- The RV world is just as filled with folk lore and myths as is any other part of society. Some of the most common ones relate to the care and use of waste tanks. It used to be quite common for folks to suggest the use of Pine Sol but in time it got around that such products would damage the seals in the system and it has since pretty much gone away. Probably the currently most popular one is what is called the "Geo Method." It is likely popular mostly due to the effort of it's inventor who spends great effort in promoting it. It says to add Calgon water softener, laundry detergent and liquid chlorine bleach to your tanks. Having looked at it pretty closely I can only say that the inventor lists no real credentials for his knowledge and I have discussed it with an environmental chemist (my daughter-in-law), a waste water treatment operator who visited some of the RV forums and with an engineer who is senior partner in a company that designs and installs waste water and septic systems for large companies, cities and larger home developments. All three had grave doubts about this "system." If you want more details on the reasons, drop me an email as the point of this is only to caution you about your choices and not to attack the person who promotes it. The thing that I suggest you consider before you choose what treatment you will use is this. Visualize what it means if one day you open the valve to dump your black water tank and nothing comes out! I suppose that you know about using a "snake" or similar tool to open up a plugged drain. But when you do that, you are above the point of the plug and when it opens the water goes down the drain, away from you. Now consider the problem in your black tank. Since the tank is between your toilet and the drain lines, it is very unlikely that you can get this device to go down into the drain line to through the toilet. That means that to clear the problem you must remove the drain hose from your sewer connection to get access to it. Next, open the offending dump valve. Now you need to run the device up the drain line toward the full tank. Consider just what is going to happen to announce that you have succeeded in clearing the line. Everything will come out with a rush and it is going to be difficult to miss! Many RV shops will not work on this type of problem so................. I think that this might be what is called a "learning experience!"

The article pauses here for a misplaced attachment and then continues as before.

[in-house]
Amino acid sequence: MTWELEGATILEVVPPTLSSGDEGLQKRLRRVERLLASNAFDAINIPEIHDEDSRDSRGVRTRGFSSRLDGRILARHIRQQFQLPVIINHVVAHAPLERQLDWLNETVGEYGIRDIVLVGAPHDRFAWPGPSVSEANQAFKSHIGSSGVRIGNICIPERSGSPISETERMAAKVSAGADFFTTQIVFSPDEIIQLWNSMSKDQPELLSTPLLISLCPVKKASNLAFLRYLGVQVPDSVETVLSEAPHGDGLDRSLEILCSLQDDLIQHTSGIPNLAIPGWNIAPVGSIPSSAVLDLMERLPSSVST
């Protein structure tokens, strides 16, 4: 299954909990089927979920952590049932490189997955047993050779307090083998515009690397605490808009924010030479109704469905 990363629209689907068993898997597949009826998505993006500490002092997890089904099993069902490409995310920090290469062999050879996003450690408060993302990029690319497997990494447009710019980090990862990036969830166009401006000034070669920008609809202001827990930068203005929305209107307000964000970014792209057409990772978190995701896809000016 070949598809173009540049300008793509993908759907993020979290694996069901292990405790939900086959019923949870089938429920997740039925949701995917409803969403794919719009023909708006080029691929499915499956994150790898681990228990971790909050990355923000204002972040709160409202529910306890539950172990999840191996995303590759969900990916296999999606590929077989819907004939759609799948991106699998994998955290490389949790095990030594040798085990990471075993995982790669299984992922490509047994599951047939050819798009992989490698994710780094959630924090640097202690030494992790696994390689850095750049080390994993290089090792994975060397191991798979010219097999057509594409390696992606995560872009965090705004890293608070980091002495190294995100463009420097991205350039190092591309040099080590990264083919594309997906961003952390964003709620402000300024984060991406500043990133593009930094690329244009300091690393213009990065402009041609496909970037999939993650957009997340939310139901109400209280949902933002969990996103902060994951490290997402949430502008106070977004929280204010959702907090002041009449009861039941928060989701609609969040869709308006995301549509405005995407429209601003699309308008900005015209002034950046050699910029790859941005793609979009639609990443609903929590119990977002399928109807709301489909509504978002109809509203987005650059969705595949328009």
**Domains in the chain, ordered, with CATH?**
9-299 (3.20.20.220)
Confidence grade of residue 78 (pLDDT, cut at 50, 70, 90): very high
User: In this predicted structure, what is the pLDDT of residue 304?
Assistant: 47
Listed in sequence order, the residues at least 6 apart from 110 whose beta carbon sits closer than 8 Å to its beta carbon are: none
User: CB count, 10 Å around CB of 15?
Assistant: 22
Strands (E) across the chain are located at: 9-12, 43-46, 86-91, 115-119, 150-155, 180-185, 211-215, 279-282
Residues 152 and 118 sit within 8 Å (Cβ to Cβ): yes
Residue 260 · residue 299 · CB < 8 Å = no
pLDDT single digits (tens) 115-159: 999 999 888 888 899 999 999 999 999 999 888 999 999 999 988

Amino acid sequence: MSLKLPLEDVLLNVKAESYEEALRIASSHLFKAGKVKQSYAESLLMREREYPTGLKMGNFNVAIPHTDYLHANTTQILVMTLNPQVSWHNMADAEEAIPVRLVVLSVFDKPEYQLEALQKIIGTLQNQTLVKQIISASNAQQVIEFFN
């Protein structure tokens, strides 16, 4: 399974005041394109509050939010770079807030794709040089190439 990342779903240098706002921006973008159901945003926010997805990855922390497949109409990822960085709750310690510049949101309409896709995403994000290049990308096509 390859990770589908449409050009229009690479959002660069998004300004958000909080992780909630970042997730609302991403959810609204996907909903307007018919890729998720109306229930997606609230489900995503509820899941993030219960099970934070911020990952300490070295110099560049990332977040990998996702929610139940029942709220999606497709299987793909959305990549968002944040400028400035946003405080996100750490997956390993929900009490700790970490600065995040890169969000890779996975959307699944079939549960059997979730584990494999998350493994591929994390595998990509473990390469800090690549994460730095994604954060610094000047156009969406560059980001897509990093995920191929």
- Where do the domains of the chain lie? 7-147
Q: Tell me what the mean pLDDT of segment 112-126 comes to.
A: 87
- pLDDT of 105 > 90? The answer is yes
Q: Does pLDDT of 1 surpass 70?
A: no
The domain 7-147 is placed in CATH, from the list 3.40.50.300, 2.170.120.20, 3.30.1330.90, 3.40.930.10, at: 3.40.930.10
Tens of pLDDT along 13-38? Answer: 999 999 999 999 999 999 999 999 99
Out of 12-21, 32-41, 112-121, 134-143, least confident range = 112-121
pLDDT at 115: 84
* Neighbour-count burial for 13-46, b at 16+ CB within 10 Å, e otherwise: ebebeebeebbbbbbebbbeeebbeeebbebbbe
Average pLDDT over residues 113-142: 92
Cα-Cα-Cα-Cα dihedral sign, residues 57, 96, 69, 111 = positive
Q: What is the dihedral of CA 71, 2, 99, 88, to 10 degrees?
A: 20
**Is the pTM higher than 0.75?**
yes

Last Updated on Monday, 31 December 2007 18:00